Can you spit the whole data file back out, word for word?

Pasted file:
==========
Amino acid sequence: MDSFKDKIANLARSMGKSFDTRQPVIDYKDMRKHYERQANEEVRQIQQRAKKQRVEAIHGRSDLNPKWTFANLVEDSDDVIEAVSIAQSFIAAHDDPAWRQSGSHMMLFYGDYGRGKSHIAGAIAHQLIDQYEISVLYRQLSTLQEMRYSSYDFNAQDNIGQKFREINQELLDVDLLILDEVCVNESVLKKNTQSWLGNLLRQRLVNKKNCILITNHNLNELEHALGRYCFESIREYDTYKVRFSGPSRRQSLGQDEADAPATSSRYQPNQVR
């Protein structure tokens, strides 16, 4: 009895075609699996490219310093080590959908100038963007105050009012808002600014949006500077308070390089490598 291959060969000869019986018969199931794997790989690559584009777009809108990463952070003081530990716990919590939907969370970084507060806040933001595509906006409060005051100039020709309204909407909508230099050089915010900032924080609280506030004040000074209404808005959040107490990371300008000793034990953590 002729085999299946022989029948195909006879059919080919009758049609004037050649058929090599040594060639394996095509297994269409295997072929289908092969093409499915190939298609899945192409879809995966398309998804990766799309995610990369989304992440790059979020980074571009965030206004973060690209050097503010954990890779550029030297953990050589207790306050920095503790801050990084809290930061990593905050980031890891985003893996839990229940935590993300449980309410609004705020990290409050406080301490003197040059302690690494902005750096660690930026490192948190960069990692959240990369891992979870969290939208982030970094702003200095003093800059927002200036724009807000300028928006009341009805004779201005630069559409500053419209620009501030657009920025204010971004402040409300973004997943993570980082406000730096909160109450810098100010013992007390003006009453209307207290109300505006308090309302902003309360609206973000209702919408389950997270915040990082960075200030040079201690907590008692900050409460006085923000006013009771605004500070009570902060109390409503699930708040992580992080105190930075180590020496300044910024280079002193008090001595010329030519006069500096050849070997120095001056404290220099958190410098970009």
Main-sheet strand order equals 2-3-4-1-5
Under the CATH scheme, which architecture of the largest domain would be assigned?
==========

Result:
Amino acid sequence: MDSFKDKIANLARSMGKSFDTRQPVIDYKDMRKHYERQANEEVRQIQQRAKKQRVEAIHGRSDLNPKWTFANLVEDSDDVIEAVSIAQSFIAAHDDPAWRQSGSHMMLFYGDYGRGKSHIAGAIAHQLIDQYEISVLYRQLSTLQEMRYSSYDFNAQDNIGQKFREINQELLDVDLLILDEVCVNESVLKKNTQSWLGNLLRQRLVNKKNCILITNHNLNELEHALGRYCFESIREYDTYKVRFSGPSRRQSLGQDEADAPATSSRYQPNQVR
């Protein structure tokens, strides 16, 4: 009895075609699996490219310093080590959908100038963007105050009012808002600014949006500077308070390089490598 291959060969000869019986018969199931794997790989690559584009777009809108990463952070003081530990716990919590939907969370970084507060806040933001595509906006409060005051100039020709309204909407909508230099050089915010900032924080609280506030004040000074209404808005959040107490990371300008000793034990953590 002729085999299946022989029948195909006879059919080919009758049609004037050649058929090599040594060639394996095509297994269409295997072929289908092969093409499915190939298609899945192409879809995966398309998804990766799309995610990369989304992440790059979020980074571009965030206004973060690209050097503010954990890779550029030297953990050589207790306050920095503790801050990084809290930061990593905050980031890891985003893996839990229940935590993300449980309410609004705020990290409050406080301490003197040059302690690494902005750096660690930026490192948190960069990692959240990369891992979870969290939208982030970094702003200095003093800059927002200036724009807000300028928006009341009805004779201005630069559409500053419209620009501030657009920025204010971004402040409300973004997943993570980082406000730096909160109450810098100010013992007390003006009453209307207290109300505006308090309302902003309360609206973000209702919408389950997270915040990082960075200030040079201690907590008692900050409460006085923000006013009771605004500070009570902060109390409503699930708040992580992080105190930075180590020496300044910024280079002193008090001595010329030519006069500096050849070997120095001056404290220099958190410098970009």
Main-sheet strand order equals 2-3-4-1-5
Under the CATH scheme, which architecture of the largest domain would be assigned?